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Judge acquits former Stanford employees

A federal judge has ordered the acquittal of two former employees of disgraced financier Allen Stanford on charges that they illegally shredded thousands of company documents.
/ Source: The Associated Press

Citing weak evidence, a federal judge on Friday acquitted two former employees of fallen financier Allen Stanford on charges they illegally shredded thousands of company documents to hinder the federal probe into an alleged $7 billion Ponzi scheme.

After a nearly two-week trial and two days of jury deliberations, U.S. District Judge Richard W. Goldberg took the rare step of issuing not guilty verdicts for Thomas Raffanello, Stanford Financial Group's ex-security chief and also a former top U.S. Drug Enforcement Administration agent, and technology officer Bruce Perraud.

On the key issue of whether the men intended to commit a crime, Goldberg said, "the evidence is substantially lacking."

Raffanello and Perraud faced up to 50 years each behind bars if convicted of conspiracy, obstruction of a Securities and Exchange Commission investigation and two related counts stemming from the document destruction on Feb. 25, 2009, just as Stanford's global banking empire was imploding and federal agents were seizing its assets.

A federal judge in Texas a week earlier had ordered all Stanford records preserved for a court-appointed receiver, and testimony showed that Perraud initially halted the shredding plan. But Raffanello directed it to go forward because all the documents were duplicated on company computers, which defense attorneys said were made available to the SEC and other investigators.

"No one tried to hide anything from anyone," said Perraud attorney Ed Shohat in closing arguments.

Goldberg had earlier called the prosecution's case "thin" but allowed a 12-person jury to begin deliberations. When jurors sent out a pair of notes indicating confusion about the case, the judge used his authority to decide the case on his own — over prosecutors' objections.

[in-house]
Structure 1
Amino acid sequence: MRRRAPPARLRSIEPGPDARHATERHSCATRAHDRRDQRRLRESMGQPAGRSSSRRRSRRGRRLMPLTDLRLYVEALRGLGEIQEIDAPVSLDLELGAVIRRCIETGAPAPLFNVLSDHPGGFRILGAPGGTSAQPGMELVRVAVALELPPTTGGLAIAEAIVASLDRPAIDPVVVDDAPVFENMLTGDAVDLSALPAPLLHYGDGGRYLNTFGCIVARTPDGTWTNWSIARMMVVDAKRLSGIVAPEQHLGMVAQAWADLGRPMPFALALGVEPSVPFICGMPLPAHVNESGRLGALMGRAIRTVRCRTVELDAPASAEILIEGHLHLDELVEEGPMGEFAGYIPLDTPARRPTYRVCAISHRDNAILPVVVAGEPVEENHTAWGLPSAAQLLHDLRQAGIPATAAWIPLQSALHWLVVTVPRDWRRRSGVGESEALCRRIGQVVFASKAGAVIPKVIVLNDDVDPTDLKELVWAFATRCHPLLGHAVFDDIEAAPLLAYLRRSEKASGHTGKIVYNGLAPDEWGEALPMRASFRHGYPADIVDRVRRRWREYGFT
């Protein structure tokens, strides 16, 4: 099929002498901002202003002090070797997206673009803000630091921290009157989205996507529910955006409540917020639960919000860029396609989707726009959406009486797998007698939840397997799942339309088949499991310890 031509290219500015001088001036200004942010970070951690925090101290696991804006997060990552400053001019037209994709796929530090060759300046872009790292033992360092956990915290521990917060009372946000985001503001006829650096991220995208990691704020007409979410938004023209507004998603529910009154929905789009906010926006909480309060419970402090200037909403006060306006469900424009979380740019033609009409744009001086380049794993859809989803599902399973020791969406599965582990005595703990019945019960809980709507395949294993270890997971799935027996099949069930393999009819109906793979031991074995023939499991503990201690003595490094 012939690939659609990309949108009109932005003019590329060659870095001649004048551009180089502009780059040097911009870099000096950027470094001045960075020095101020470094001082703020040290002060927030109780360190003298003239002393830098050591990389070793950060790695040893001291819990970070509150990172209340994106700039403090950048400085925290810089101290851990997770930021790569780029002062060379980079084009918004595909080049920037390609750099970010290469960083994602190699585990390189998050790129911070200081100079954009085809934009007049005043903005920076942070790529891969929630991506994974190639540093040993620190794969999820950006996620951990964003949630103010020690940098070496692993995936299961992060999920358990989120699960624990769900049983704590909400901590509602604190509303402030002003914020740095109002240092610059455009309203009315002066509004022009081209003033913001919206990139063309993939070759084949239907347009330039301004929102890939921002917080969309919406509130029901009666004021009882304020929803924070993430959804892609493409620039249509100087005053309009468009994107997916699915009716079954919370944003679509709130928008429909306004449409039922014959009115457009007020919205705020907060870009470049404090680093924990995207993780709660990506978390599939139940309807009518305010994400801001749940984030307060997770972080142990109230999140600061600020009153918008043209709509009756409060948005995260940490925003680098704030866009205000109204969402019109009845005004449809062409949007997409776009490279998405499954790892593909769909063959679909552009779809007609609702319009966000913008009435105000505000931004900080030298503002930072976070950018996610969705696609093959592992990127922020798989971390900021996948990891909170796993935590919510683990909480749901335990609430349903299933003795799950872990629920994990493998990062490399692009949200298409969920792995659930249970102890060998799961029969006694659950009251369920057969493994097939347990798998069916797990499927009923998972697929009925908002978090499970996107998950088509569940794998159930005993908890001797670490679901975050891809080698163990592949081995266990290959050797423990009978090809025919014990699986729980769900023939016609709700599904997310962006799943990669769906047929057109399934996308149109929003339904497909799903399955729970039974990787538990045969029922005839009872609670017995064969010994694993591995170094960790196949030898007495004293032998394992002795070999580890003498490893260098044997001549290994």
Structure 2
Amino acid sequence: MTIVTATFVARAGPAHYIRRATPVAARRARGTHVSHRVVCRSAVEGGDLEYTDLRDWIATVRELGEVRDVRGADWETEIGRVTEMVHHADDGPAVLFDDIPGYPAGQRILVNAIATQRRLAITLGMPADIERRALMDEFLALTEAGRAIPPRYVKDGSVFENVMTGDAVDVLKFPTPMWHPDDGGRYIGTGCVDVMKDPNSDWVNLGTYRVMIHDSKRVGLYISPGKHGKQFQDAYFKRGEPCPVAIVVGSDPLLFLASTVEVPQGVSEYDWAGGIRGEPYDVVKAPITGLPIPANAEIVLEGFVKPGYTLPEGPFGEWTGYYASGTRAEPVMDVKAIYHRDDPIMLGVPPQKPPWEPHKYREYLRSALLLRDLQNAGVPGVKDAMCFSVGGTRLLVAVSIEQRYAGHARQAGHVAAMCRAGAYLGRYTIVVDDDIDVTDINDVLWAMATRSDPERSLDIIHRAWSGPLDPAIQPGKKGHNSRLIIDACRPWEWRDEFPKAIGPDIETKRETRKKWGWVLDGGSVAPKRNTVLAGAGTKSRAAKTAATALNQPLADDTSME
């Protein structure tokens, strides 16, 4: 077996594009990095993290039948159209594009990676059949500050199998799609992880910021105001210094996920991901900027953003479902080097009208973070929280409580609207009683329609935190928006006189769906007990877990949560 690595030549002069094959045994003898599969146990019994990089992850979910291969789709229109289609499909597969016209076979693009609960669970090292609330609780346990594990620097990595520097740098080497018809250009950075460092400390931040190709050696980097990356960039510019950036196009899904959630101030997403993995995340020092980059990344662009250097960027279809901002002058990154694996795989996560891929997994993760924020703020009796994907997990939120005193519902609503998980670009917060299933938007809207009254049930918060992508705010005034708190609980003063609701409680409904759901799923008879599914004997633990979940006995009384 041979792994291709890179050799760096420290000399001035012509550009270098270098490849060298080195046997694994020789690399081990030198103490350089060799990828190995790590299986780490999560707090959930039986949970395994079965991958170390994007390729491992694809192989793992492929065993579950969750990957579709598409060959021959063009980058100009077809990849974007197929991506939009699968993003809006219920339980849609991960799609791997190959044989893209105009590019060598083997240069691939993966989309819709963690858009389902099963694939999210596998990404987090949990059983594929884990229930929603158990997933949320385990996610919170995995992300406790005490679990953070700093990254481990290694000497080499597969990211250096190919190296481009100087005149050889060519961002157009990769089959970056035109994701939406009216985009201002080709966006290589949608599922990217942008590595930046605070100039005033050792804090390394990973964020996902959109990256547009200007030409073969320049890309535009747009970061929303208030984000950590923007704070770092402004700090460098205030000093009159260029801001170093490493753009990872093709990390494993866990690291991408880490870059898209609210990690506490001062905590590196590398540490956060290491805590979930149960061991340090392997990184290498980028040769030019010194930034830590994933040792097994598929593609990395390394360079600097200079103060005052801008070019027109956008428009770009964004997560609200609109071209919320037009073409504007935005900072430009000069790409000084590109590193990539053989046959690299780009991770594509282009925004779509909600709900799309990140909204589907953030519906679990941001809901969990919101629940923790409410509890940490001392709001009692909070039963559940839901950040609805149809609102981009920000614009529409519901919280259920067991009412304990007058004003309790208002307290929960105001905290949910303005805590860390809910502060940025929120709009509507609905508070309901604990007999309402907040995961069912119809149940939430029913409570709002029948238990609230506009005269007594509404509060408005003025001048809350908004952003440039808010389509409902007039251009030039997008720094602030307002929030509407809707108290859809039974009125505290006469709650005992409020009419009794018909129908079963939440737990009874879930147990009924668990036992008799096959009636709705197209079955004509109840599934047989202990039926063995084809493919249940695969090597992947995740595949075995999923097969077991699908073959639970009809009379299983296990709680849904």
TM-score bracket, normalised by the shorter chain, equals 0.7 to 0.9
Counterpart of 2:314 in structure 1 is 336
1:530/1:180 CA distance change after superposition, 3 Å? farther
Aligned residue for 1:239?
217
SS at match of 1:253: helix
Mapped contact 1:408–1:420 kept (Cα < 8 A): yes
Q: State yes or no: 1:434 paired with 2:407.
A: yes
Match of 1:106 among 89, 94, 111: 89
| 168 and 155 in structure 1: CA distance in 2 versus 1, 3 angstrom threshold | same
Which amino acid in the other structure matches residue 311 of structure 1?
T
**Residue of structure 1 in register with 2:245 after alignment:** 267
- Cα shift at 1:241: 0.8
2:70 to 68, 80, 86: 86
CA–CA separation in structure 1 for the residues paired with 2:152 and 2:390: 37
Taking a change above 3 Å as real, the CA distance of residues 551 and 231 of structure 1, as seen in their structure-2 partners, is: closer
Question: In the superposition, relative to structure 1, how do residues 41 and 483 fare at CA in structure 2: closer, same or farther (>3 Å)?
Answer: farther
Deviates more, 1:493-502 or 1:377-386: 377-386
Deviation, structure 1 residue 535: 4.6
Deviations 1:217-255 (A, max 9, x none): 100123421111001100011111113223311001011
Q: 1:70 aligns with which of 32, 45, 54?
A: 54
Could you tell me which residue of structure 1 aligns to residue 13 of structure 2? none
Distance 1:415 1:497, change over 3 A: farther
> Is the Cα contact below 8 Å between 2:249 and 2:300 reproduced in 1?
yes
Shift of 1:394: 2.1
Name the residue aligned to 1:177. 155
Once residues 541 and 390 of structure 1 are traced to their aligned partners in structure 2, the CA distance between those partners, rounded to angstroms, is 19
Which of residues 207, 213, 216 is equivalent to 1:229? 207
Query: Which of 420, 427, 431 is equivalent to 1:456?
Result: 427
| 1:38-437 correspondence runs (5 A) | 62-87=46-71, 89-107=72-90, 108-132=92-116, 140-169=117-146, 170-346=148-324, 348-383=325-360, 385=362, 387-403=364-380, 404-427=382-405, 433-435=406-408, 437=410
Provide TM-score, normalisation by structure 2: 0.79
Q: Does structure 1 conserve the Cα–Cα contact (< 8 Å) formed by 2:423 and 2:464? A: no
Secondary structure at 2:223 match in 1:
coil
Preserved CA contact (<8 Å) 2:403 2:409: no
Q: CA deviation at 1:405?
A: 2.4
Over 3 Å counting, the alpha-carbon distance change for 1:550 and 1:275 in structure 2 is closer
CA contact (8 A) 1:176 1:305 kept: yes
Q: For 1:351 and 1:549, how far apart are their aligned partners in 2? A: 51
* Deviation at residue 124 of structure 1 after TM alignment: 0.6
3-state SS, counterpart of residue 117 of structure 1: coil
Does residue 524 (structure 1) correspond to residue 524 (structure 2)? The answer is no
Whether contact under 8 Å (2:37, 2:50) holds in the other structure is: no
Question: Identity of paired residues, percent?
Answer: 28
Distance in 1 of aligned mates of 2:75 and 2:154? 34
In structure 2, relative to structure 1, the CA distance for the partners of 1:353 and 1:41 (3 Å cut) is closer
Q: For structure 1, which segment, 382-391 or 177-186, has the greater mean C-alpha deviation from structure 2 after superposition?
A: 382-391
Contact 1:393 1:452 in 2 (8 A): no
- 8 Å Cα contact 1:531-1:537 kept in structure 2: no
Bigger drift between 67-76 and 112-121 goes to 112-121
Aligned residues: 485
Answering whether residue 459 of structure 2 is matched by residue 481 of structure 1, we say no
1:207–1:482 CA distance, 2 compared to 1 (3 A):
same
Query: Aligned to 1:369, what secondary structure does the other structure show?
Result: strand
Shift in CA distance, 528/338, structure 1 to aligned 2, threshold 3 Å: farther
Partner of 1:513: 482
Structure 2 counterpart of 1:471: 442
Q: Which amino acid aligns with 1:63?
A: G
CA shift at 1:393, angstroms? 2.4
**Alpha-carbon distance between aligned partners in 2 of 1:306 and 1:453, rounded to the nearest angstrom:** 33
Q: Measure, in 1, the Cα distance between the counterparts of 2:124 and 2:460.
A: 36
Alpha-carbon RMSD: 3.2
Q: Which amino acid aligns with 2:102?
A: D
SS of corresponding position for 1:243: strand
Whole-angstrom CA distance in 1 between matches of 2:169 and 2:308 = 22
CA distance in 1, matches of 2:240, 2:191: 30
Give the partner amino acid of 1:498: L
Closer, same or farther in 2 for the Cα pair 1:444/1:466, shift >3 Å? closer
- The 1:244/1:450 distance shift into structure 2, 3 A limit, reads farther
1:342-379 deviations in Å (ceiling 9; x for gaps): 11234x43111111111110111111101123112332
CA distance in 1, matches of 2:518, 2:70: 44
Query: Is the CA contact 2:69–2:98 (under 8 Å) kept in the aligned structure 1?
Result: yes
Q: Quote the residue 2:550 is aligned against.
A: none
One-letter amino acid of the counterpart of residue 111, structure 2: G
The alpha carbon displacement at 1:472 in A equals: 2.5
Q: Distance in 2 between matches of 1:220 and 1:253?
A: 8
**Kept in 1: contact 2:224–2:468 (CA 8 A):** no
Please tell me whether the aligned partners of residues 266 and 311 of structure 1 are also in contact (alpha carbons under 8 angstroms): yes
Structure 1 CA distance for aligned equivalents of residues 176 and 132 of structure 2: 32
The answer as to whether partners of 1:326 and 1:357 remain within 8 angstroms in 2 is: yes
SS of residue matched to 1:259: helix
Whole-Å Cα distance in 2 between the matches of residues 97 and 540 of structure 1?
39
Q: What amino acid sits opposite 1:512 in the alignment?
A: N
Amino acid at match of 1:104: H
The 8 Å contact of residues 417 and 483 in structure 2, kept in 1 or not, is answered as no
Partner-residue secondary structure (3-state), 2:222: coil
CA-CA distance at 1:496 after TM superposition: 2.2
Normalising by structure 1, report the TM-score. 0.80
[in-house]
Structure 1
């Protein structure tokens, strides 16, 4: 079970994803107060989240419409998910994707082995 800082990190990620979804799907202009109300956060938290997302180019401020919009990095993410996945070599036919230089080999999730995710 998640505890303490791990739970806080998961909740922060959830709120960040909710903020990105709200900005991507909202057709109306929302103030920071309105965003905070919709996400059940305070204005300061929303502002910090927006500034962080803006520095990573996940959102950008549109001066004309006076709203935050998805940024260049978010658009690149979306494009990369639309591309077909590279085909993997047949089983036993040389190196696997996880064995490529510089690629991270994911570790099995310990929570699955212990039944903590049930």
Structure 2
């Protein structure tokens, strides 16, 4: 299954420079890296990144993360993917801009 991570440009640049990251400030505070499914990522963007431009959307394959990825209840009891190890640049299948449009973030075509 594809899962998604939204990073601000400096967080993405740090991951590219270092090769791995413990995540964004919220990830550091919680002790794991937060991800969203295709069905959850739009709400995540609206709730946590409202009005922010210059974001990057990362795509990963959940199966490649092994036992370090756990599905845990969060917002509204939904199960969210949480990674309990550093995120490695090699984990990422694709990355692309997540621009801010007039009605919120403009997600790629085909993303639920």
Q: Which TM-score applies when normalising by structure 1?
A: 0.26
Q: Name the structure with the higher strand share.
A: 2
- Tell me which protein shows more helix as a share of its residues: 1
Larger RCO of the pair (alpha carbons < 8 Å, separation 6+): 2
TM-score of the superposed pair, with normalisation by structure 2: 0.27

Goldberg said the acquittal couldn't be appealed. His decision came after jurors asked in a note if they could convict a defendant of the obstruction and document destruction counts but not of the conspiracy charge, suggesting at least some jurors were leaning toward a guilty verdict for one of the men.

"We're disappointed and disagree with his decision, but we respect his ruling," said Jack Patrick, one of two Justice Department litigators from Washington who prosecuted the case.

A relieved Raffanello, wearing a DEA lapel pin, hugged family members and supporters outside the courtroom.

"I believe in America. I believed this system would have the right result, and it did," said Raffanello, who ran the Miami field office — one of the DEA's biggest — and worked on the prosecutions of former Panamanian dictator Manuel Noriega and Medellin cartel baron Fabio Ochoa.

Perraud said it's time for him to start looking for a new job.

"This takes an enormous load off us. You can't imagine what the last year's been like," Perraud said.

Once one of the world's richest men, Stanford is now awaiting trial in Houston on charges of operating a Ponzi scheme through his bank on the Caribbean island of Antigua. Investigators say he used certificates of deposit that supposedly paid double market rates to bilk thousands of investors out of $7 billion, using money from new investors to pay off older ones in a typical Ponzi structure.

The acquittals in Miami have no direct bearing on the main case against Stanford.

Stanford's seven-person Fort Lauderdale security office ferreted out information about investors, did background checks on Stanford employees, worked with security contacts in foreign countries, checked on Stanford properties and his companies and kept business travel records by company executives. Testimony showed these formed the bulk of the shredded documents, which didn't include financial documents.

Prosecutors said the court's preservation order was crystal clear and that the SEC could not rely on Raffanello's assurances that all his office's work was stored on a computer server — even though the SEC has still not gone through the server, according to trial testimony.

"We don't know all of what they did destroy," Patrick said earlier. "The documents that were destroyed were certainly not garbage."